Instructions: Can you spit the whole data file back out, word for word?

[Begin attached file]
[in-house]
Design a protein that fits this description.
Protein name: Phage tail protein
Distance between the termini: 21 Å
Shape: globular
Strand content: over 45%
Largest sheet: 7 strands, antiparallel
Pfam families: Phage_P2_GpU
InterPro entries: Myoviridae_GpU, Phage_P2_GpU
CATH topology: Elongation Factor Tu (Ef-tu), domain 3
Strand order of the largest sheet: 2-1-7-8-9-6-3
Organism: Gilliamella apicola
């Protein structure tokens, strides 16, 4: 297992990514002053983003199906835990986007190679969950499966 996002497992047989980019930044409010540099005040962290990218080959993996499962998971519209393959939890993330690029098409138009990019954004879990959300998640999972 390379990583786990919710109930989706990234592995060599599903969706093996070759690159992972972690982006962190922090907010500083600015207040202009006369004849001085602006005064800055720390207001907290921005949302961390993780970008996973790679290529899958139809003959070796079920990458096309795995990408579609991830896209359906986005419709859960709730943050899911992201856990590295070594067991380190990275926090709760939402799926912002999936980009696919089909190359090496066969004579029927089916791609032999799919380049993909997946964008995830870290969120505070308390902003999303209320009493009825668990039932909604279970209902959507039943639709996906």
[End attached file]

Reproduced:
[in-house]
Design a protein that fits this description.
Protein name: Phage tail protein
Distance between the termini: 21 Å
Shape: globular
Strand content: over 45%
Largest sheet: 7 strands, antiparallel
Pfam families: Phage_P2_GpU
InterPro entries: Myoviridae_GpU, Phage_P2_GpU
CATH topology: Elongation Factor Tu (Ef-tu), domain 3
Strand order of the largest sheet: 2-1-7-8-9-6-3
Organism: Gilliamella apicola
């Protein structure tokens, strides 16, 4: 297992990514002053983003199906835990986007190679969950499966 996002497992047989980019930044409010540099005040962290990218080959993996499962998971519209393959939890993330690029098409138009990019954004879990959300998640999972 390379990583786990919710109930989706990234592995060599599903969706093996070759690159992972972690982006962190922090907010500083600015207040202009006369004849001085602006005064800055720390207001907290921005949302961390993780970008996973790679290529899958139809003959070796079920990458096309795995990408579609991830896209359906986005419709859960709730943050899911992201856990590295070594067991380190990275926090709760939402799926912002999936980009696919089909190359090496066969004579029927089916791609032999799919380049993909997946964008995830870290969120505070308390902003999303209320009493009825668990039932909604279970209902959507039943639709996906």